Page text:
Copyright 2010 - 2019 | Robin Kramer. Powered by Blogger.

Be Still and Know


Yesterday evening my church hosted a special service.  I knew the event would be good, but the timing wasn't.  By the time I arrived (nearly a half hour late) with my three kids in tow, we all felt frazzled.  I ushered the girls to their youth classes and then grabbed a seat in the back of the sanctuary, not convinced if my efforts to get there would be worth it.

The very first verse I heard the speaker share was this:
Be still and know that I am God.  (Psalm 46:10)
I had forgotten about this verse. (How appropriate in the face of all my rushing.)

God directly invites us into stillness as a way of knowing him.  He doesn't advise, "Get busy and know that I am God."  He doesn't say, "Overcommit and know that I am God" or "Burn yourself out and know that I am God."

Instead, he invites us to be still.

So there I sat in the back row, quieting my heart, subduing my racing mental to-do lists, and remembering how essential stillness is to connecting with God.

Sometimes we all need the reminder.

Be still.  Know that God is God.

Letting Kids Be Kids As Long As Possible

You can fast forward childhood. But you can't rewind it.
- Jon Acuff


This afternoon as I cooked dinner, our eleven-year-old neighbor knocked on our door and asked if my girls could play.  It's one of the first warm days of spring, and even though dinner was going to be ready in just a minute, I sent the kids outside.  They ran across the street in a pack, and I stood at our door a moment longer, listening to their banter and shouts as they bounced on the neighbor's trampoline.

Dinner could wait.

 
I've never taken for granted how my kids play with the neighbors.  For the past several years, most summer days they rotate from house to house: playing soccer in our back yard, jumping on a trampoline in the neighbor's, riding bikes up and down our hill, staging a game of hide and seek, and then cooling off in our kitchen by raiding our refrigerator for drinks and snacks, leaving a trail of cups and wrappers in their wake.

There's something organic about this.  It's wholesome and healthy.  Our door is open, kids are streaming through, and as a parent, it feels right.  The back-and-forth, screen-door-slamming has become part of how we function, just one of the rhythms of the neighborhood.  I can't help but think, "This is exactly how it should be."

But, to be honest, I don't know for how much longer this season will last.  At what point will the kids be too old to run across the street, knock on the door, and invite the neighbors out to play? 

At some point, the dynamics will change.  It's inevitable.  The kids will grow up and have more formalized demands on their time.  Instead of riding bikes, they'll be driving.  Instead of holding their once-a-summer neighborhood bake sale and lemonade stand, they'll hold part-time jobs.  The bonds of neighborhood friendship, born of convenience and shared experience, might not last forever -- not due to any trouble, but simply because life moves on.  New experiences will expand their horizons beyond their childhood street.

Yes, I know that one day -- likely in the not-so-distant future -- my dinner preparations won't be interrupted by the neighbor kids knocking on my door and asking my girls to play.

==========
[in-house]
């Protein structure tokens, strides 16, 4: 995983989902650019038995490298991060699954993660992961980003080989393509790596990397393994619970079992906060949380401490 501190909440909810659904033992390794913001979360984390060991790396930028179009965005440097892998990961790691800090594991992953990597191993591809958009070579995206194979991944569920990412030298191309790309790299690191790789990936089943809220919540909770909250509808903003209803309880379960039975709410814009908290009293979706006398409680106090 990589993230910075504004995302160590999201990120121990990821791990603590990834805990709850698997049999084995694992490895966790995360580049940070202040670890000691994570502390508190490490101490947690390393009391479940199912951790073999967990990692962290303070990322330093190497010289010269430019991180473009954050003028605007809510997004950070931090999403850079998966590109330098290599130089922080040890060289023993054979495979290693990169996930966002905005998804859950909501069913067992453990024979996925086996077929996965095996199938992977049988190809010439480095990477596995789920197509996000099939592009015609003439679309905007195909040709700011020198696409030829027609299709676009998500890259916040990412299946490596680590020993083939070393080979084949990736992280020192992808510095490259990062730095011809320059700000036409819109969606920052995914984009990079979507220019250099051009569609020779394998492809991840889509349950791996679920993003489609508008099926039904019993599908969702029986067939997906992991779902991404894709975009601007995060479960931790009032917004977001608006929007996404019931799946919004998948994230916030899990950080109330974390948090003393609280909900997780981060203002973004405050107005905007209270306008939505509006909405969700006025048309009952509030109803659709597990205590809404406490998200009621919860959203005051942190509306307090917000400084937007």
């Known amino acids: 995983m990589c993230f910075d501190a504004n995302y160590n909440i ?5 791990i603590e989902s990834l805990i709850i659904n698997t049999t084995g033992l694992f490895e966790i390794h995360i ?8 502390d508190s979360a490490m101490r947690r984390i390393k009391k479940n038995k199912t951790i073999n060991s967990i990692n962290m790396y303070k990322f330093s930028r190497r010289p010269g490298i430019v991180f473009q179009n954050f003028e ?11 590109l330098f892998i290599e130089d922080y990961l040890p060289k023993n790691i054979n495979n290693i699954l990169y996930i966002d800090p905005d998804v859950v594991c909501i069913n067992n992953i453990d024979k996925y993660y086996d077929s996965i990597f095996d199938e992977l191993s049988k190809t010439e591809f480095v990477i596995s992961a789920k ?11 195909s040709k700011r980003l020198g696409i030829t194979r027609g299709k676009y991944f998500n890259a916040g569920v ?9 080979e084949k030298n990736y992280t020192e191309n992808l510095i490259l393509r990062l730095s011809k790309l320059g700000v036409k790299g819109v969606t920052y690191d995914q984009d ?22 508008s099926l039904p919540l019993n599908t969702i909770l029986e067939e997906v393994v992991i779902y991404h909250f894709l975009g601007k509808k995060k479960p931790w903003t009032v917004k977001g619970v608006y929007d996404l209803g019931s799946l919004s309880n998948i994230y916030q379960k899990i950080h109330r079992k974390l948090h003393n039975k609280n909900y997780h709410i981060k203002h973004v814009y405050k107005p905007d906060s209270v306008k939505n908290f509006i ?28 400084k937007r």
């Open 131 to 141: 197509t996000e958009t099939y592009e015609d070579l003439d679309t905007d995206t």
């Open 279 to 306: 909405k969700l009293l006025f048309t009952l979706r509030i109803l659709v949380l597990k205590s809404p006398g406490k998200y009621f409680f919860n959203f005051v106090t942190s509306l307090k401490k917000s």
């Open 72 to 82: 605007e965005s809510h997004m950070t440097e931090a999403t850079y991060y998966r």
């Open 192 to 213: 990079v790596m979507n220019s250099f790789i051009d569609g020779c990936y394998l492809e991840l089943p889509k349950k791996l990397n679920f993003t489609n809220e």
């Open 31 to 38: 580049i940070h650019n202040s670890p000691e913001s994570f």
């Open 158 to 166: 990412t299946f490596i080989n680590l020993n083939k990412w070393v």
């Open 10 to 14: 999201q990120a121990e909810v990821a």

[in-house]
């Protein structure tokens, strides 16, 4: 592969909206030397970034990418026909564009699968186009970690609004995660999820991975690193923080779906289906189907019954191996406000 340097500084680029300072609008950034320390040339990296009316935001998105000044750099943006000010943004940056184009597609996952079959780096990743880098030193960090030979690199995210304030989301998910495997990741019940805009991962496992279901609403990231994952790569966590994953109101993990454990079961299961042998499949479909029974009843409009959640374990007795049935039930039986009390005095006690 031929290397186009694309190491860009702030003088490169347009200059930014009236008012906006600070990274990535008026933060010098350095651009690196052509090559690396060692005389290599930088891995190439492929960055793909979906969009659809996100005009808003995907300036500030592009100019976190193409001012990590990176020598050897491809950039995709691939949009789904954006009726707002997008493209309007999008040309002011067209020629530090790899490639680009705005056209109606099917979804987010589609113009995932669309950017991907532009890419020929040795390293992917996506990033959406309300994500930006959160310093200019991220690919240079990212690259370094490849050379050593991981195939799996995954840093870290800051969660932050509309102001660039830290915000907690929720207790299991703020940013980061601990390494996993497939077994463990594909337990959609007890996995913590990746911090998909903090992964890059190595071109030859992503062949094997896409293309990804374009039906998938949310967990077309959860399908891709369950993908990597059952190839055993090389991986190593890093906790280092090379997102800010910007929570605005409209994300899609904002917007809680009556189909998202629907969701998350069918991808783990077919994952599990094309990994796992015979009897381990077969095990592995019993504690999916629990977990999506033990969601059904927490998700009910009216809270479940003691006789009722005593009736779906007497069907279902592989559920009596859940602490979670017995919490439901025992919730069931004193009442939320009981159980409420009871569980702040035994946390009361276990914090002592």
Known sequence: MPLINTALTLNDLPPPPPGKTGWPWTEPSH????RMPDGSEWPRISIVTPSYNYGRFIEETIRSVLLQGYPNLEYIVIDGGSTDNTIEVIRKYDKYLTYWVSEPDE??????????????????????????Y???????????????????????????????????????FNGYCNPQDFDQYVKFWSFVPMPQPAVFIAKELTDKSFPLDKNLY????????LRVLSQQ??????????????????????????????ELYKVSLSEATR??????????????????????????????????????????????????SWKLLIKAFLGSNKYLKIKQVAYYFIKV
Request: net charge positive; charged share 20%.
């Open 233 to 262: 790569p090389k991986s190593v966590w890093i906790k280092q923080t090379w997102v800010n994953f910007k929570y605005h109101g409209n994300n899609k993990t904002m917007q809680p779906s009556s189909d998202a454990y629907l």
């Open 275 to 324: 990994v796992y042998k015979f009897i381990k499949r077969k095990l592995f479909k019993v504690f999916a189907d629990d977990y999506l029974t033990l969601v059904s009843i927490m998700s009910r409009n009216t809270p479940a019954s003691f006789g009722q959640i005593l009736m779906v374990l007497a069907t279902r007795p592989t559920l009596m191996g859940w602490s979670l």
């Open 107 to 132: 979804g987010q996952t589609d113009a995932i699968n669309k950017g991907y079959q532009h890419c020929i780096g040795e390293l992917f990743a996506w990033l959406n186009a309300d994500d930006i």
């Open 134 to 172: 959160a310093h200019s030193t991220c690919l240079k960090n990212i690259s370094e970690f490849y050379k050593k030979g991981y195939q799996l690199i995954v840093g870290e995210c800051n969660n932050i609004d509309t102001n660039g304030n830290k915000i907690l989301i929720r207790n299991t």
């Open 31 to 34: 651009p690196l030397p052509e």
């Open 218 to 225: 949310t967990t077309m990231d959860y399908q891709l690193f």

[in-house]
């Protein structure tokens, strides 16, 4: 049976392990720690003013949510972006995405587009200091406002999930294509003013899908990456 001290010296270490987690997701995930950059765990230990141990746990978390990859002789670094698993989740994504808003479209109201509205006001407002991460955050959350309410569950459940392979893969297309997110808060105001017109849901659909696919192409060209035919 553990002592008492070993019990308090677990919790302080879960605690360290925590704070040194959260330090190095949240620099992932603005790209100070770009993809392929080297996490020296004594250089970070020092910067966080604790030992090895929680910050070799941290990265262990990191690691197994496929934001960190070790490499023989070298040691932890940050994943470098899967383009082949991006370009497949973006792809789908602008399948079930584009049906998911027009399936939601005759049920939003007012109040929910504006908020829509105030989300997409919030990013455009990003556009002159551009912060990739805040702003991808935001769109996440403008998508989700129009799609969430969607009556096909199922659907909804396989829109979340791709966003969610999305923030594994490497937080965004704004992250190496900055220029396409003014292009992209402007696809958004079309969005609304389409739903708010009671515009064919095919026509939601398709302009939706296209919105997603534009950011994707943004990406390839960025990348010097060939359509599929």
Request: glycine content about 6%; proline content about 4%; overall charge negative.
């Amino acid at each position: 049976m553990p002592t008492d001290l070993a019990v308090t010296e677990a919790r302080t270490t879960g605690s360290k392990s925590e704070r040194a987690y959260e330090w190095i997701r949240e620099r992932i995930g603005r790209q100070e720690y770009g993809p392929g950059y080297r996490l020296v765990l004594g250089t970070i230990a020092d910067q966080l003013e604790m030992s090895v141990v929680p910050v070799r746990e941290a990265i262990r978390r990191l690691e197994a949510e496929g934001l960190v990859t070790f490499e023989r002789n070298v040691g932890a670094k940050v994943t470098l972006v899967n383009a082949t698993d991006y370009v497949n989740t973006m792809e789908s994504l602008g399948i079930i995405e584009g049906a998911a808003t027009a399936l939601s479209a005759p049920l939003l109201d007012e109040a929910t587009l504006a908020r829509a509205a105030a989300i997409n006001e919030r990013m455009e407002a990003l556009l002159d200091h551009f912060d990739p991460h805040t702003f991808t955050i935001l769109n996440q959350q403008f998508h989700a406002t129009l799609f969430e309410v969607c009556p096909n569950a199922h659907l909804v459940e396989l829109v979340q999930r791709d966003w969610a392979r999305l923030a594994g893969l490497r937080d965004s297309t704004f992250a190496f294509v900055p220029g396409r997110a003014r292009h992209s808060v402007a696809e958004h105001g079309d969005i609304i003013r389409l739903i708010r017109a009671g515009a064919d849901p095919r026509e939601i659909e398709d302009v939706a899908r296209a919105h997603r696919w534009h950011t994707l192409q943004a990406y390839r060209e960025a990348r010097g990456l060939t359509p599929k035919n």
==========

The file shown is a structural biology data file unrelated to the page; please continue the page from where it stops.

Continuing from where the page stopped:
I'm just glad that today isn't that day.

Make a Routine. Break a Routine.

We've done it.  We've reached the month of April.  Although I'm not sure why, each year this particular flip of the calendar page feels like a major accomplishment.  The start of April marks a break with the doldrums of winter.  (At least theoretically.  It still was 30 degrees this morning.)  April promises refreshers like forsythia blooms, and warmer temperatures, and the first garage sales signs being spotted around my community.  All good things.

But we're not quite there yet.  It's the cusp of spring, not yet the reality.  So here are two things I'm doing to hang in there until the evidence of spring catches up with my desire for it.

Make a Routine.  When my motivation is low, it helps if I have even just the modicum of a routine.  Each Sunday, I plan a weekly menu for the week so I'm armed with a plan and prepared with groceries.  Each Friday, I clean the house so I start the weekend living in a hospitable environment.  These minor routines -- running the dishwasher every night, emptying it every morning, doing at least one load of laundry per day, jotting down a daily to-do list -- help me keep my household and my professional life functioning. There's great peace when I know that the spokes aren't coming off the wheels. 

If I don't quite know what else to do, at least I can follow a routine.  Trudging is still forward progress.

Break a Routine.  Ironically, when my motivation is low, it also helps if I break even just the modicum of a routine.  I can drive a different way home, walk a different route across campus, or change up something -- anything! -- so life doesn't feel so predictable.  For example, when I needed to drop off a form off at my daughter's school the other afternoon, I took a 20 minute detour and stopped in a small boutique I've never visited during my 23-year tenure in this town. And you know what?  For that small window of time, I felt like a tourist.  The store had been there all along, yet it was new to me.

If I don't quite know what else to do, at least I can break a routine.   Novelty keeps things interesting.

Make a routine.  Break a routine.  Both will help.



Image by PublicDomainPictures from Pixabay
Back to Top